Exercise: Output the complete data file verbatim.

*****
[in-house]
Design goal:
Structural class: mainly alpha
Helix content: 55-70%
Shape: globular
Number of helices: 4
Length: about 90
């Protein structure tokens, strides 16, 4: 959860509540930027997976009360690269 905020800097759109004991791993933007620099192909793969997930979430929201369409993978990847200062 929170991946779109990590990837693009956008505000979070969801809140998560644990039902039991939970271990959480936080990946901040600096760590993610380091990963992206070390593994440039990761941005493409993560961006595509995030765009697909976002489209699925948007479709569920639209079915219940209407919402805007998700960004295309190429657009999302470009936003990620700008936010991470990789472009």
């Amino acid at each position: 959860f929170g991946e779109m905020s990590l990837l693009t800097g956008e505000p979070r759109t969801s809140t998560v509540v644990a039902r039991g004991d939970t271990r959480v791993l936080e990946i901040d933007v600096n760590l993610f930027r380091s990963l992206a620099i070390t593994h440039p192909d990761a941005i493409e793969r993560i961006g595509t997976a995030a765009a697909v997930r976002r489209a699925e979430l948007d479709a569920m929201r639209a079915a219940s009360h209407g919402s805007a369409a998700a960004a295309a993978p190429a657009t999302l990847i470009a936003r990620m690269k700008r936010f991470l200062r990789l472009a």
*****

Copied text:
[in-house]
Design goal:
Structural class: mainly alpha
Helix content: 55-70%
Shape: globular
Number of helices: 4
Length: about 90
């Protein structure tokens, strides 16, 4: 959860509540930027997976009360690269 905020800097759109004991791993933007620099192909793969997930979430929201369409993978990847200062 929170991946779109990590990837693009956008505000979070969801809140998560644990039902039991939970271990959480936080990946901040600096760590993610380091990963992206070390593994440039990761941005493409993560961006595509995030765009697909976002489209699925948007479709569920639209079915219940209407919402805007998700960004295309190429657009999302470009936003990620700008936010991470990789472009």
């Amino acid at each position: 959860f929170g991946e779109m905020s990590l990837l693009t800097g956008e505000p979070r759109t969801s809140t998560v509540v644990a039902r039991g004991d939970t271990r959480v791993l936080e990946i901040d933007v600096n760590l993610f930027r380091s990963l992206a620099i070390t593994h440039p192909d990761a941005i493409e793969r993560i961006g595509t997976a995030a765009a697909v997930r976002r489209a699925e979430l948007d479709a569920m929201r639209a079915a219940s009360h209407g919402s805007a369409a998700a960004a295309a993978p190429a657009t999302l990847i470009a936003r990620m690269k700008r936010f991470l200062r990789l472009a």